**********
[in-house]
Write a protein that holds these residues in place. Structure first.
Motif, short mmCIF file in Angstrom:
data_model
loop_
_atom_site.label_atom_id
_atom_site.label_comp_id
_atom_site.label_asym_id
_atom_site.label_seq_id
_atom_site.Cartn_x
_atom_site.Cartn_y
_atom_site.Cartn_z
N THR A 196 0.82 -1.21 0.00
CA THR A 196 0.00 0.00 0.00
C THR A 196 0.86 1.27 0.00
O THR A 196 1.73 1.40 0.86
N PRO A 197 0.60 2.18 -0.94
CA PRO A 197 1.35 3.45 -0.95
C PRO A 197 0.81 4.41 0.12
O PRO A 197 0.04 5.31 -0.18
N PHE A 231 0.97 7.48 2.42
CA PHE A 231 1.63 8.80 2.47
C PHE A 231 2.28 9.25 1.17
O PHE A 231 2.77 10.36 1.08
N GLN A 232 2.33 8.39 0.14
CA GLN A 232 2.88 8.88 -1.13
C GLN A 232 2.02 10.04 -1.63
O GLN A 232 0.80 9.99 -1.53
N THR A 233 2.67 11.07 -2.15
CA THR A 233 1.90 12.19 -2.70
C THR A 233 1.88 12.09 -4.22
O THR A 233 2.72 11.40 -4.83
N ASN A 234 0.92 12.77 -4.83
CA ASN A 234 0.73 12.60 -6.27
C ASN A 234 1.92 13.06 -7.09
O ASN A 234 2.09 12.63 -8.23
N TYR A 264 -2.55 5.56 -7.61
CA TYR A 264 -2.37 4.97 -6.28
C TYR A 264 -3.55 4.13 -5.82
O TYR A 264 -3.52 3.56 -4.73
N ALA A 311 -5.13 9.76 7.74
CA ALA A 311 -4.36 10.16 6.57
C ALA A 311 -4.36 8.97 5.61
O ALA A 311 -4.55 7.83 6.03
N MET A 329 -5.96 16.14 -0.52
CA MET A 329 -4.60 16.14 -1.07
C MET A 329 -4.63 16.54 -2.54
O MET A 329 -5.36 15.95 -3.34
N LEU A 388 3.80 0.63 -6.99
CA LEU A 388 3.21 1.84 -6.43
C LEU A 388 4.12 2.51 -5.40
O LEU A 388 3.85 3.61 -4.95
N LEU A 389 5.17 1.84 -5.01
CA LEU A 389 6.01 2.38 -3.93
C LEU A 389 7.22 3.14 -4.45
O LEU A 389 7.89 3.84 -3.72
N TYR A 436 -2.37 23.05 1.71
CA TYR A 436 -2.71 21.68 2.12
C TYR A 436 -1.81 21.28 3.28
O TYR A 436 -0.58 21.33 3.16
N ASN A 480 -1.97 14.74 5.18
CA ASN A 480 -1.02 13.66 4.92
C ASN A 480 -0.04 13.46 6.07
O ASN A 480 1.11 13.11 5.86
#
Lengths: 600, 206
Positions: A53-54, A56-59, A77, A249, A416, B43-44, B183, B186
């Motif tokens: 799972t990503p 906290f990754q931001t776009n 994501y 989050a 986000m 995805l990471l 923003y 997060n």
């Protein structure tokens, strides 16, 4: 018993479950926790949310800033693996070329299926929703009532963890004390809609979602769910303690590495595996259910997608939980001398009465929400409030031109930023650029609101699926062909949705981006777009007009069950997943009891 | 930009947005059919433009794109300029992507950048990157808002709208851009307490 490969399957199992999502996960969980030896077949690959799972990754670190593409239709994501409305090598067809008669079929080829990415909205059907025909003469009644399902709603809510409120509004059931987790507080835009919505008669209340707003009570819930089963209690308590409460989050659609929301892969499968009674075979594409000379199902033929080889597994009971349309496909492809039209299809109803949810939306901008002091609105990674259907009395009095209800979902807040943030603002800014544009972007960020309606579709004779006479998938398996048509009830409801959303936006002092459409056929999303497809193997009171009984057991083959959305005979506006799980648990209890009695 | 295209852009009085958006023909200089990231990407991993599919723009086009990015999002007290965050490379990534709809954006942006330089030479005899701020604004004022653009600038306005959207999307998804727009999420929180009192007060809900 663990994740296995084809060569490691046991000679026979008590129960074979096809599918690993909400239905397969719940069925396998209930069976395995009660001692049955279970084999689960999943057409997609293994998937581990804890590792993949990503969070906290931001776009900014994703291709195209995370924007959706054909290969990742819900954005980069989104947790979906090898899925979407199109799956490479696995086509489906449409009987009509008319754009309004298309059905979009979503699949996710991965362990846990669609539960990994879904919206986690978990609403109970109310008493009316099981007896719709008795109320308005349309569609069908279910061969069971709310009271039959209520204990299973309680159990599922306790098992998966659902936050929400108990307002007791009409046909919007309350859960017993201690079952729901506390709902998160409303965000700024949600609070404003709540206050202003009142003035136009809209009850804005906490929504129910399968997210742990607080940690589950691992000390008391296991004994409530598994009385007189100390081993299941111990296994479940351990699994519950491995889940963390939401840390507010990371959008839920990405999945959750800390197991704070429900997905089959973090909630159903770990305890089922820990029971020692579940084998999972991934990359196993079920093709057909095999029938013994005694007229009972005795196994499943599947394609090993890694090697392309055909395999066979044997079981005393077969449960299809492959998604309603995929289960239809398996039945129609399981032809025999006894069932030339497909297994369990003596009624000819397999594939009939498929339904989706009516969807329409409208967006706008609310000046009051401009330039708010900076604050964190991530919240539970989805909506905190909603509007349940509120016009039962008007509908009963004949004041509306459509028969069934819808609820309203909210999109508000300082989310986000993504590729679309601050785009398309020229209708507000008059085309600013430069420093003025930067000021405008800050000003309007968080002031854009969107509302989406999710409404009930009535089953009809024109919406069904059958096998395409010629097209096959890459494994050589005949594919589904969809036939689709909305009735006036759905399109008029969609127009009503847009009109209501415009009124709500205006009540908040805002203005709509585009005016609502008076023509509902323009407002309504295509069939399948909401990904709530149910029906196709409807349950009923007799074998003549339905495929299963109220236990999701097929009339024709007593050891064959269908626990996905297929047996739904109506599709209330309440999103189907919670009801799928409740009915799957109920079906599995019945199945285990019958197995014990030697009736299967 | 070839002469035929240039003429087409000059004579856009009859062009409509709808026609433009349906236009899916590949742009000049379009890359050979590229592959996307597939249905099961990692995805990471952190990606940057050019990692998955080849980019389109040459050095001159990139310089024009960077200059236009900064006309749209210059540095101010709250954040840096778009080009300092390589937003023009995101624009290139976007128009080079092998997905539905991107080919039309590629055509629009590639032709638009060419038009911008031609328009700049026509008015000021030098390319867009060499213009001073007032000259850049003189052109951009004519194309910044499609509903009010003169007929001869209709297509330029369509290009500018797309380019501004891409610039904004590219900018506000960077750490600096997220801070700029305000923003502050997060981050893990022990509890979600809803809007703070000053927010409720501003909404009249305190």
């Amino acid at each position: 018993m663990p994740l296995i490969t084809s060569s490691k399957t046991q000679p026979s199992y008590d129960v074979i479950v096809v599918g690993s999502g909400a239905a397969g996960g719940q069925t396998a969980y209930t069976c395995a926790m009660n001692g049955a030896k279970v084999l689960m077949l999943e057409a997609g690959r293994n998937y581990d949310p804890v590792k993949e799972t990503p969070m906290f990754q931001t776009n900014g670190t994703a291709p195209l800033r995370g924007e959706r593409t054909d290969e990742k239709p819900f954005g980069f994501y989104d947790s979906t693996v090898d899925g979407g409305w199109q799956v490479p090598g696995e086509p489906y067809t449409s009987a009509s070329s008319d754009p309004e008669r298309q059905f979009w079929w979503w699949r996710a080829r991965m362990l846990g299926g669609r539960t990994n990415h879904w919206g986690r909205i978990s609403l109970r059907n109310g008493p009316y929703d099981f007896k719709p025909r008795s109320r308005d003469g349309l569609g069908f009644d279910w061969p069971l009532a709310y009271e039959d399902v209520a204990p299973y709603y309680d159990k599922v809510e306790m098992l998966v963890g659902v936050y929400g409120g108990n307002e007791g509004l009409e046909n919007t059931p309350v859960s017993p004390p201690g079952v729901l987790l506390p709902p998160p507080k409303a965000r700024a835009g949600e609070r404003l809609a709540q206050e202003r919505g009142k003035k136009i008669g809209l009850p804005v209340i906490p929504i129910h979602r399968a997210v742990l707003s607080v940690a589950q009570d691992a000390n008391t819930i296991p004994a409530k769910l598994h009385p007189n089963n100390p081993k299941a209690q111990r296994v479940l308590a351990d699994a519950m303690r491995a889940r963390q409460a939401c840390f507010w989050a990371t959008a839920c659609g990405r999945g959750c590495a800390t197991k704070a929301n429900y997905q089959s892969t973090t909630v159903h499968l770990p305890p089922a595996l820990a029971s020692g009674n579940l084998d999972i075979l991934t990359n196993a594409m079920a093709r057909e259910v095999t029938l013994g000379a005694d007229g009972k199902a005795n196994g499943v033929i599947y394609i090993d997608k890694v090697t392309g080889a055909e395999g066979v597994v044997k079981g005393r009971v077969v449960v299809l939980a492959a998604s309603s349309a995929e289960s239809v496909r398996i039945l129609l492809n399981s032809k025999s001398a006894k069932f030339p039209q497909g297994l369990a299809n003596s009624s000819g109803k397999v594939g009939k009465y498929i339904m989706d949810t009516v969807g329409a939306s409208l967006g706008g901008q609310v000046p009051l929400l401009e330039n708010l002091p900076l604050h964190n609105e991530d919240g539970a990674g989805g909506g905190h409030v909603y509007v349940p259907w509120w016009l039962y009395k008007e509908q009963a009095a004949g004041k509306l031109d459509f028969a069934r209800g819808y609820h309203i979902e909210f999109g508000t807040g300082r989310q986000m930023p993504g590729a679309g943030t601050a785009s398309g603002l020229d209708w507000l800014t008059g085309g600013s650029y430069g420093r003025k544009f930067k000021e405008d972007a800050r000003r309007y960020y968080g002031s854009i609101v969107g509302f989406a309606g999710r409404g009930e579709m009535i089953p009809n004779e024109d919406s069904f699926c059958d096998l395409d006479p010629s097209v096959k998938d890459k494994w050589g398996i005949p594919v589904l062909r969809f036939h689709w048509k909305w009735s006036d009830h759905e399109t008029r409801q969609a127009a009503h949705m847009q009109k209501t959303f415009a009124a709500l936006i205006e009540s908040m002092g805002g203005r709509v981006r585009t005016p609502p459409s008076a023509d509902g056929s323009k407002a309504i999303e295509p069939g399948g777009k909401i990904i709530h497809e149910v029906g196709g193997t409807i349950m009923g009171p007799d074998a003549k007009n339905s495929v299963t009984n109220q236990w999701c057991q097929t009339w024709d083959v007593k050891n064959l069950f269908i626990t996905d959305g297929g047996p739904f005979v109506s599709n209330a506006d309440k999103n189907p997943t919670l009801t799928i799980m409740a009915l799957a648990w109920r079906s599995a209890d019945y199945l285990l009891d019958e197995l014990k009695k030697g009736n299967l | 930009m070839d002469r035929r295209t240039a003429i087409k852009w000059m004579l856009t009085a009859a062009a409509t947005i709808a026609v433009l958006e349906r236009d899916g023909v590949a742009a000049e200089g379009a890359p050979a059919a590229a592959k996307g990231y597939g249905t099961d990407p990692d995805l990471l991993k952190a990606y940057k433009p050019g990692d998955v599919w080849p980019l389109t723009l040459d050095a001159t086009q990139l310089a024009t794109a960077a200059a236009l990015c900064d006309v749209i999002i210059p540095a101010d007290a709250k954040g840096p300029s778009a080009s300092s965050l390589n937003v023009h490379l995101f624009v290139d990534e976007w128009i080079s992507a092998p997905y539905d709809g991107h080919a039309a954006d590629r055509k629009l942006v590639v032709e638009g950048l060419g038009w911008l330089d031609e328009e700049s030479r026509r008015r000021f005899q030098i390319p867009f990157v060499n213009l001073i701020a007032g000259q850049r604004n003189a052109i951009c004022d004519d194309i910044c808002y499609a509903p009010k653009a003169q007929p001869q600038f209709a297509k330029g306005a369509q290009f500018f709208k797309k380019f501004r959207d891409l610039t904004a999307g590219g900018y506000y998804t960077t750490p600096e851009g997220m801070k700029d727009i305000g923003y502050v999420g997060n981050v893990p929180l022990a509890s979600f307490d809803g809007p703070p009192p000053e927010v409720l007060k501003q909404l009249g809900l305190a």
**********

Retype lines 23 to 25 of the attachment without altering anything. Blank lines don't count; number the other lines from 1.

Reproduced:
C PHE A 231 2.28 9.25 1.17
O PHE A 231 2.77 10.36 1.08
N GLN A 232 2.33 8.39 0.14